The Broodmother as Monstrous-Feminine

Abject Maternity in Video Games


  • Sarah Stang York University



video games, monstrous-feminine, maternal, abject, motherhood, Dragon Age: Origins (2009), Dragon Age: Origins—Awakening (2010), StarCraft series (1998–2017)


This article examines examples of the monstrous-feminine in the form of abject maternal monsters in a selection of commercially successful and critically acclaimed mainstream video games using conceptual frameworks and textual analysis methods established in the work of Julia Kristeva and Barbara Creed. The Broodmother from Dragon Age: Origins (2009) and the Mother from Dragon Age: Origins—Awakening (2010) are considered as problematic examples of the abject monstrous-feminine which fall into a long tradition in horror media of framing the female body and the birthing process as something horrific and repulsive. Kerrigan from the StarCraft series (1998–2017) is examined as a possible counter-example, demonstrating that the monstrous-feminine can exist in a playable and potentially empowered form, though she is problematically empowered within a violent, militant framework. Overall, this article critically analyses the ways in which video games remediate tropes of gendered monstrosity and reinforce the misogynist norms and values of hegemonic heteropatriarchal ideology by forcing players to enact symbolic violence against transgressive female bodies.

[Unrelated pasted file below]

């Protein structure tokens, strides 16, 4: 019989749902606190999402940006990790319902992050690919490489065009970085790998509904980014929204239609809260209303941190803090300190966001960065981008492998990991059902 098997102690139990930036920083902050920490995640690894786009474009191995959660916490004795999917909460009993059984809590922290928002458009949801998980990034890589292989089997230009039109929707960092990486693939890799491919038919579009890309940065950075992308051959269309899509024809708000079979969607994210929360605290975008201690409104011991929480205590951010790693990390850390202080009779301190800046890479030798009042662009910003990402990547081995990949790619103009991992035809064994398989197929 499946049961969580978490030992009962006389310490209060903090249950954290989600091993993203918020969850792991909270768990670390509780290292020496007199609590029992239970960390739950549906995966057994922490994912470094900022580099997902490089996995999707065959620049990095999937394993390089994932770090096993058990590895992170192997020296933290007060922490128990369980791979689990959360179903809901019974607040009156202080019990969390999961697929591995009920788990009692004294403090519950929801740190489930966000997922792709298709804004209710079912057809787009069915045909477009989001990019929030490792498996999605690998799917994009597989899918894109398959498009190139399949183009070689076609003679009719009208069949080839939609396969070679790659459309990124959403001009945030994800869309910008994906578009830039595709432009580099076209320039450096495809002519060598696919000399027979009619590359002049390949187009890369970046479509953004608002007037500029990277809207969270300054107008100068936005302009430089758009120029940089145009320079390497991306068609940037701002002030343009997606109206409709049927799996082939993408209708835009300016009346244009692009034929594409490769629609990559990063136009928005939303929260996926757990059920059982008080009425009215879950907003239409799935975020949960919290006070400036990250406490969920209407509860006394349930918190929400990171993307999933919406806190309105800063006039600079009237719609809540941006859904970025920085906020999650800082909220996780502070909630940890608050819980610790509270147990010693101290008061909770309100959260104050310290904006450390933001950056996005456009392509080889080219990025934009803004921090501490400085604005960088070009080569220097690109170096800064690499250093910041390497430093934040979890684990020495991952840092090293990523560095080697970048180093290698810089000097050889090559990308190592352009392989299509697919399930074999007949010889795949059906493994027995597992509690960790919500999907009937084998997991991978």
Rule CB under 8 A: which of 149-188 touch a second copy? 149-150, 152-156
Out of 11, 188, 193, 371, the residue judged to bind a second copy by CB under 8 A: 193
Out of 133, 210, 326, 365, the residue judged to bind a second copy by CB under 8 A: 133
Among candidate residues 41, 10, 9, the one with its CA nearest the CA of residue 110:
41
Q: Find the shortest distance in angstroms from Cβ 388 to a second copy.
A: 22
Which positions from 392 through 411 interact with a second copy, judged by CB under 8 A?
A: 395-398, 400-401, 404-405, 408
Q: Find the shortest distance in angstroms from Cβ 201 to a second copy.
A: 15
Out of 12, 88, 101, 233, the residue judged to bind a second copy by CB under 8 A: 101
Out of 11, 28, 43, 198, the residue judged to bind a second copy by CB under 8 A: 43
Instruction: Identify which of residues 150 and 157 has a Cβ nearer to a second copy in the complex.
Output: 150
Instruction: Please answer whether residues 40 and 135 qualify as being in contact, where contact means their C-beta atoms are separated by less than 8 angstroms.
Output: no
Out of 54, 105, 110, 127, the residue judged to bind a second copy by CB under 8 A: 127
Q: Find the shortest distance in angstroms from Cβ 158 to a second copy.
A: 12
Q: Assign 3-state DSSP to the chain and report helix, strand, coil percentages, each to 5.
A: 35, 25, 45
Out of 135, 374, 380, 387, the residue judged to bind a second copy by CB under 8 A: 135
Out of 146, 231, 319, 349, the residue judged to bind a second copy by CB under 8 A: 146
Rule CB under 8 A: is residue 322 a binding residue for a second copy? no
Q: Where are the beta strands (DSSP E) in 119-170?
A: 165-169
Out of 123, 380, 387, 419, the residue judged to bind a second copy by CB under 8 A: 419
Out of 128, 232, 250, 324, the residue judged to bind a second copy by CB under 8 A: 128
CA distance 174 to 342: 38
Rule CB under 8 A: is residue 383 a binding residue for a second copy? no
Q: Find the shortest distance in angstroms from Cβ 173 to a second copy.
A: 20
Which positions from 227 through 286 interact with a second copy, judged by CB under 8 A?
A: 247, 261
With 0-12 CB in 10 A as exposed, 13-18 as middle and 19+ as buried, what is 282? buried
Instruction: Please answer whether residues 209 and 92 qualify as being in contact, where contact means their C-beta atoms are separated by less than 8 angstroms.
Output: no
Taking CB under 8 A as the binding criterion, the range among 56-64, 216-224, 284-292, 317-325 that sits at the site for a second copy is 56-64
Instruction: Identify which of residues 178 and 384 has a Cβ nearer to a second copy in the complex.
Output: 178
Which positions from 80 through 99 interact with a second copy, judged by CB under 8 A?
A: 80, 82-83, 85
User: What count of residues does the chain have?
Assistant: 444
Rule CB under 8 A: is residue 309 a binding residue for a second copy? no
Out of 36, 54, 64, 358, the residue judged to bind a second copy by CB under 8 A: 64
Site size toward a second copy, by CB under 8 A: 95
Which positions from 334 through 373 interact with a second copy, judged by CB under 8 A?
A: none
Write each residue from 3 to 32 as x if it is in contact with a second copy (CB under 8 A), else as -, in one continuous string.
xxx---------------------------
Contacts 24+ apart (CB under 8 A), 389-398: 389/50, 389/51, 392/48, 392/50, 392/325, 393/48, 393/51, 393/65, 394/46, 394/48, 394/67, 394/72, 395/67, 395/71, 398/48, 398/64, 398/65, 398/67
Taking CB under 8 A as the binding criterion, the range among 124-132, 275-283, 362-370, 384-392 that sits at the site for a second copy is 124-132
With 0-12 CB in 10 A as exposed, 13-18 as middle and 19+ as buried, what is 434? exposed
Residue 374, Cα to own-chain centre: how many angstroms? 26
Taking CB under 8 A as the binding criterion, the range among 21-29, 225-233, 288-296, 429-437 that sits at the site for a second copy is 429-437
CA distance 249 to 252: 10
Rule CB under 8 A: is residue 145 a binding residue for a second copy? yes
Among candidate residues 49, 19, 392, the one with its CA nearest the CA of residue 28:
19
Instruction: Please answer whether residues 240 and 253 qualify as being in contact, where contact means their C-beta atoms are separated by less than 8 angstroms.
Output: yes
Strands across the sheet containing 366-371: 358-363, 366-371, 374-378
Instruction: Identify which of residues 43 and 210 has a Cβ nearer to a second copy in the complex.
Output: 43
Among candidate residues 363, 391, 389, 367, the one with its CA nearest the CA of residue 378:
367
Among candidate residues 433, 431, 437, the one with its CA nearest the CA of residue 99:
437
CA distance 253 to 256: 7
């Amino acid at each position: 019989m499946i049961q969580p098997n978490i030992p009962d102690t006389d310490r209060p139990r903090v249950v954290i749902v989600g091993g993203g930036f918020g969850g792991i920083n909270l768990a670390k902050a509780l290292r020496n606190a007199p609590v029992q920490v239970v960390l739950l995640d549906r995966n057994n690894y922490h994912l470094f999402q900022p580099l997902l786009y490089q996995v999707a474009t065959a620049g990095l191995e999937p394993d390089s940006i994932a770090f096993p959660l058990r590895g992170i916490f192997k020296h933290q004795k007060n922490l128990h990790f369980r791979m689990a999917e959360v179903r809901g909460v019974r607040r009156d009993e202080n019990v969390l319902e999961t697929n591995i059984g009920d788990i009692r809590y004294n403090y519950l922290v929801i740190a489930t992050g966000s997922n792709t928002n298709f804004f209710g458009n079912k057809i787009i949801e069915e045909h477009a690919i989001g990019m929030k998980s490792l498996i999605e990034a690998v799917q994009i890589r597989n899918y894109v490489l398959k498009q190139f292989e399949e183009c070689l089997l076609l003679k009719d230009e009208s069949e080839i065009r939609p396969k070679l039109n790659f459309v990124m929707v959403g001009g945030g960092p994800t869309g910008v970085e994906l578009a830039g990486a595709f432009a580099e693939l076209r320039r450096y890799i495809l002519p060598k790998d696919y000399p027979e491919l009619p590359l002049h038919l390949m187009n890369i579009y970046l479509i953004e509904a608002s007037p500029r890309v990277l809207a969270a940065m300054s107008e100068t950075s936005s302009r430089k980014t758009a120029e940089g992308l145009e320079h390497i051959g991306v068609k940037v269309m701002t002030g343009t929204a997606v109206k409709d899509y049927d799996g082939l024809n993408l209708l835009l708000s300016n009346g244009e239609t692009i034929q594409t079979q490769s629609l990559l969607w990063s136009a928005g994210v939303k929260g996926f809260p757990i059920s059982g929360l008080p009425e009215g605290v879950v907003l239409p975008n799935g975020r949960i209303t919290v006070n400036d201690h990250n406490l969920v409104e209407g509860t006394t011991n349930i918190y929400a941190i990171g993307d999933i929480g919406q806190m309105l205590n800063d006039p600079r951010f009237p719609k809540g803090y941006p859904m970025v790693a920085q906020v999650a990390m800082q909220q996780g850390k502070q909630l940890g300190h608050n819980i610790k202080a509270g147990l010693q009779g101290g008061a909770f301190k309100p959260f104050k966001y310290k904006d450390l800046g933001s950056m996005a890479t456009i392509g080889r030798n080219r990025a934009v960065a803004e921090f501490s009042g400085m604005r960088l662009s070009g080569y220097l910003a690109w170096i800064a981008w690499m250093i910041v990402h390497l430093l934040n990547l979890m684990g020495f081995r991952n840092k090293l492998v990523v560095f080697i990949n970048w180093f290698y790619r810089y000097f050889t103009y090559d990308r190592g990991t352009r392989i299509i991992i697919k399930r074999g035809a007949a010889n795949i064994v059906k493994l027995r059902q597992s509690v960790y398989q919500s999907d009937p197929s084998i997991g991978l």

Author Biography

Sarah Stang, York University

is a PhD candidate in the Communication & Culture program at York University in Toronto, Canada. She is also the editor-in-chief of Press Start and the essays editor for First Person Scholar. She approaches the study of digital games and other media from an interdisciplinary, intersectional feminist perspective. Her current research explores the representation of non-normative and marginalized bodies in both digital and analog games.


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How to Cite

Stang, Sarah. 2019. “The Broodmother As Monstrous-Feminine: Abject Maternity in Video Games”. Nordlit, no. 42 (November):233–256.